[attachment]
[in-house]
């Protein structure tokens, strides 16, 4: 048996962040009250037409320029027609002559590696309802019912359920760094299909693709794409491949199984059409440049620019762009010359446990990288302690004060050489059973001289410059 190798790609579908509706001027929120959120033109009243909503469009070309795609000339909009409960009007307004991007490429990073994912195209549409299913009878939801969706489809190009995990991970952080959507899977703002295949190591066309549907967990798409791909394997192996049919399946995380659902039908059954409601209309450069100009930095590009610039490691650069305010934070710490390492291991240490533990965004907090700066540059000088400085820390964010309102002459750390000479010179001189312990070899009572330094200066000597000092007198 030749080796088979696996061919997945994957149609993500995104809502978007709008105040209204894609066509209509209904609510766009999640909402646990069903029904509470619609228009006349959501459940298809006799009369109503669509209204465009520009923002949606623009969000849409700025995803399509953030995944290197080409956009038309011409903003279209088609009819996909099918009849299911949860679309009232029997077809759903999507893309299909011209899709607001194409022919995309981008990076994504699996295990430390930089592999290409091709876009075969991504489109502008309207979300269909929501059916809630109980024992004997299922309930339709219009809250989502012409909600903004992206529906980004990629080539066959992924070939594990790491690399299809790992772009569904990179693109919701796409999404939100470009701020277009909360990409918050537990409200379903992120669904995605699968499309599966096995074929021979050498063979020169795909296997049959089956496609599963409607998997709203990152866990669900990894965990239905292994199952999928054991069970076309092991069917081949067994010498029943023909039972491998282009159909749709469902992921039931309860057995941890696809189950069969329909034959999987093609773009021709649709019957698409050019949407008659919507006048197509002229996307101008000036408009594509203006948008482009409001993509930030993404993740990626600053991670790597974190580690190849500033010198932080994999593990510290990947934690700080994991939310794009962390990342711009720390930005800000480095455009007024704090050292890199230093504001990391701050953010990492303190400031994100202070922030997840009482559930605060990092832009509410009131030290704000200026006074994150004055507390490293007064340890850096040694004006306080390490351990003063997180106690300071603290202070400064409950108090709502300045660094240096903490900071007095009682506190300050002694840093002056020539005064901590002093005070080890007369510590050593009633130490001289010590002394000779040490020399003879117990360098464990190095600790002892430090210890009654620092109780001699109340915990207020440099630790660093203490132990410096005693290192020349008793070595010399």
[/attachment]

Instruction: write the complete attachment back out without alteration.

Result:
[in-house]
């Protein structure tokens, strides 16, 4: 048996962040009250037409320029027609002559590696309802019912359920760094299909693709794409491949199984059409440049620019762009010359446990990288302690004060050489059973001289410059 190798790609579908509706001027929120959120033109009243909503469009070309795609000339909009409960009007307004991007490429990073994912195209549409299913009878939801969706489809190009995990991970952080959507899977703002295949190591066309549907967990798409791909394997192996049919399946995380659902039908059954409601209309450069100009930095590009610039490691650069305010934070710490390492291991240490533990965004907090700066540059000088400085820390964010309102002459750390000479010179001189312990070899009572330094200066000597000092007198 030749080796088979696996061919997945994957149609993500995104809502978007709008105040209204894609066509209509209904609510766009999640909402646990069903029904509470619609228009006349959501459940298809006799009369109503669509209204465009520009923002949606623009969000849409700025995803399509953030995944290197080409956009038309011409903003279209088609009819996909099918009849299911949860679309009232029997077809759903999507893309299909011209899709607001194409022919995309981008990076994504699996295990430390930089592999290409091709876009075969991504489109502008309207979300269909929501059916809630109980024992004997299922309930339709219009809250989502012409909600903004992206529906980004990629080539066959992924070939594990790491690399299809790992772009569904990179693109919701796409999404939100470009701020277009909360990409918050537990409200379903992120669904995605699968499309599966096995074929021979050498063979020169795909296997049959089956496609599963409607998997709203990152866990669900990894965990239905292994199952999928054991069970076309092991069917081949067994010498029943023909039972491998282009159909749709469902992921039931309860057995941890696809189950069969329909034959999987093609773009021709649709019957698409050019949407008659919507006048197509002229996307101008000036408009594509203006948008482009409001993509930030993404993740990626600053991670790597974190580690190849500033010198932080994999593990510290990947934690700080994991939310794009962390990342711009720390930005800000480095455009007024704090050292890199230093504001990391701050953010990492303190400031994100202070922030997840009482559930605060990092832009509410009131030290704000200026006074994150004055507390490293007064340890850096040694004006306080390490351990003063997180106690300071603290202070400064409950108090709502300045660094240096903490900071007095009682506190300050002694840093002056020539005064901590002093005070080890007369510590050593009633130490001289010590002394000779040490020399003879117990360098464990190095600790002892430090210890009654620092109780001699109340915990207020440099630790660093203490132990410096005693290192020349008793070595010399």